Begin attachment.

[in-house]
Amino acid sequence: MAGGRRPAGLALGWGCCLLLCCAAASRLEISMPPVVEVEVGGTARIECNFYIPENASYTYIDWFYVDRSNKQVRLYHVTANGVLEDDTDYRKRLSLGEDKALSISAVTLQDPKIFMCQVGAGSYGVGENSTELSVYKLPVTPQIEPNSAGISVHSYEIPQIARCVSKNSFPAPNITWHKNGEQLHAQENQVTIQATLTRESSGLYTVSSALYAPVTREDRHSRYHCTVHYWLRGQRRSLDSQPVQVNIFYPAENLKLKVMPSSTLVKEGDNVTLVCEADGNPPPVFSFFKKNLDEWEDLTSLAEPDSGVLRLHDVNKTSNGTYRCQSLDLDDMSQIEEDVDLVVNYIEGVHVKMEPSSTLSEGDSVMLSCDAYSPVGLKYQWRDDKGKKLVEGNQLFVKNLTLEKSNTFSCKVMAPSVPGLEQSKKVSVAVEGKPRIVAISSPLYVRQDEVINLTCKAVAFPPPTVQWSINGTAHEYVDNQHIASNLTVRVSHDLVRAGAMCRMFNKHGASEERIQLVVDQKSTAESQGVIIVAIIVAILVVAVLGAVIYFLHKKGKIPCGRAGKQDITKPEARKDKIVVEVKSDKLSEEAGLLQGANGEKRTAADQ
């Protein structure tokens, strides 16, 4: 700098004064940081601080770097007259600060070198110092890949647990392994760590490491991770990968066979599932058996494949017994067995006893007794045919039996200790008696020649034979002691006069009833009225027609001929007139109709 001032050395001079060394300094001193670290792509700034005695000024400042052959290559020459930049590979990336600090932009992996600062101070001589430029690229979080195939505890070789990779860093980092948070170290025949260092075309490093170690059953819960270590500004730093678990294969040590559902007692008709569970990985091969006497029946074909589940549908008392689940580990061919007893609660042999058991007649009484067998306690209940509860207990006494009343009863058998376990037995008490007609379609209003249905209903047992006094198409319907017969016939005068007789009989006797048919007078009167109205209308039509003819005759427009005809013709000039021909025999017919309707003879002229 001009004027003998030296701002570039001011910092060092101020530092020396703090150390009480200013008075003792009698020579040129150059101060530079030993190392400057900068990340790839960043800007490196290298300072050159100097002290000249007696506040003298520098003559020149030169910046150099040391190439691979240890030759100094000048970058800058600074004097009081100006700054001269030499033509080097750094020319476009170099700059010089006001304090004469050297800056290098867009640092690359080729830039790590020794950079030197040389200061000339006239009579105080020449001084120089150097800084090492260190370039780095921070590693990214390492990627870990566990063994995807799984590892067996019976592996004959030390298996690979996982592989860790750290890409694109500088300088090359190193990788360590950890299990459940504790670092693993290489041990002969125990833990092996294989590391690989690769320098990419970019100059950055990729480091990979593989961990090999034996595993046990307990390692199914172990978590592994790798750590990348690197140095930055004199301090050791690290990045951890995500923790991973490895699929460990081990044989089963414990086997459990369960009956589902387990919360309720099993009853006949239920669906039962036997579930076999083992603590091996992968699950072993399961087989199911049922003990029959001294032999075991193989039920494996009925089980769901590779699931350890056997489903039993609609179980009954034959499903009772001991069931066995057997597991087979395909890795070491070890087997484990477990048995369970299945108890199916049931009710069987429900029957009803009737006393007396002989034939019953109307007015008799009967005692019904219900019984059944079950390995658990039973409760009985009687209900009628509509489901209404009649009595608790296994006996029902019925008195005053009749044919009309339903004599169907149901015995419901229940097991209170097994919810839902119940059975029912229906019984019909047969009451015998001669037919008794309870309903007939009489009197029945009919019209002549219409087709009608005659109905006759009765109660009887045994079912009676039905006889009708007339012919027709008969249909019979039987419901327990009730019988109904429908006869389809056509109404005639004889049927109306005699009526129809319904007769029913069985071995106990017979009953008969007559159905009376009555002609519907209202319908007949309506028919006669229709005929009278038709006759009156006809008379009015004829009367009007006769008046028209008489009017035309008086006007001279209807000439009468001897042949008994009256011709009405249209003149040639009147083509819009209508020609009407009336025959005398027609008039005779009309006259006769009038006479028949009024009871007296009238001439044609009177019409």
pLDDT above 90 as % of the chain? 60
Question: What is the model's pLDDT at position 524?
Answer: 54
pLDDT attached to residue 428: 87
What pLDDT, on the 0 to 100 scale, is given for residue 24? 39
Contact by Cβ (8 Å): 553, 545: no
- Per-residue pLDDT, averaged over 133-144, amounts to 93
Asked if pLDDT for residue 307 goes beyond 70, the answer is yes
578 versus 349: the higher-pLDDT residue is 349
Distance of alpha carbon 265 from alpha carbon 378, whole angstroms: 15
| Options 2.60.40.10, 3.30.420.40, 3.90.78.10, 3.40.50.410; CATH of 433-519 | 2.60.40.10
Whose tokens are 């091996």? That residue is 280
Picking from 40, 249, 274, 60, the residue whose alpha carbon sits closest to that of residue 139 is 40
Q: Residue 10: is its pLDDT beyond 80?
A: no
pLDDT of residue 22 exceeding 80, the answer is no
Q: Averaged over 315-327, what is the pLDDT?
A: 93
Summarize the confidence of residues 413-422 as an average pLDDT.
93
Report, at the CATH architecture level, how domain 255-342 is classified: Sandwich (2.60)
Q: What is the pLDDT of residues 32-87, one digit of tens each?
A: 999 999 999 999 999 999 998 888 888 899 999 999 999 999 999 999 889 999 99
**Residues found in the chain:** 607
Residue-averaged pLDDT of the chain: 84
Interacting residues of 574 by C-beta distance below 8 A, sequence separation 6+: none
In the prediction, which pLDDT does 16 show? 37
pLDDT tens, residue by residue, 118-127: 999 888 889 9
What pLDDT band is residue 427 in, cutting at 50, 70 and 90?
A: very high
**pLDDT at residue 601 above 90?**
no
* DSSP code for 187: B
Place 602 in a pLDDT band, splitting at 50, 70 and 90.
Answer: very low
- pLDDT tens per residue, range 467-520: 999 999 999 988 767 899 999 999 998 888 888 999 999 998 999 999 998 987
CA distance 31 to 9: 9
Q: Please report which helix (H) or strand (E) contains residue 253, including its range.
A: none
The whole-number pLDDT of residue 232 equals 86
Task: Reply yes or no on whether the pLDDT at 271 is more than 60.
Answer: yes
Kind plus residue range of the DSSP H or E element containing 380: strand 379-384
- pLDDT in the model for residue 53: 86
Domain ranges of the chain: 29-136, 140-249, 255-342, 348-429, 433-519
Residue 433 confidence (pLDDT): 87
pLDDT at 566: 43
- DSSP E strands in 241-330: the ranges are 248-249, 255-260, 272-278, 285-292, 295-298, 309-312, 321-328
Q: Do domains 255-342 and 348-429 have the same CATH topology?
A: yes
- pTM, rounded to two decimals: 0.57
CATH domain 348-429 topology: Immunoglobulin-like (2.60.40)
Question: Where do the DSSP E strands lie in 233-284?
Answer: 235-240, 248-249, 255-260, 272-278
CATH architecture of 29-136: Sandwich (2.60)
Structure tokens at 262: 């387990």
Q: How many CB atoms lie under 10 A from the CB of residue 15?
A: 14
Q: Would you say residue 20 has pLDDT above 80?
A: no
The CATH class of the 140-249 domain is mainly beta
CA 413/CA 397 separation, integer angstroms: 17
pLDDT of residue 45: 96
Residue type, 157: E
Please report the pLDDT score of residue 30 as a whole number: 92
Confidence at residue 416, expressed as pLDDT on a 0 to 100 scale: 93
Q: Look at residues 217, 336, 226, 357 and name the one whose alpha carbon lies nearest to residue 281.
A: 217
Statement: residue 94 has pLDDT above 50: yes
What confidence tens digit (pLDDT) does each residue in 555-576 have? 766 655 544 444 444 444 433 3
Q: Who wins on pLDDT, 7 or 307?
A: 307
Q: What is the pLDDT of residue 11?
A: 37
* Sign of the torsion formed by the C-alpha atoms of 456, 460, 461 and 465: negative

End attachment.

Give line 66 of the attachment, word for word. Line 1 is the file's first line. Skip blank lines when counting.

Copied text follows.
pLDDT of residue 45: 96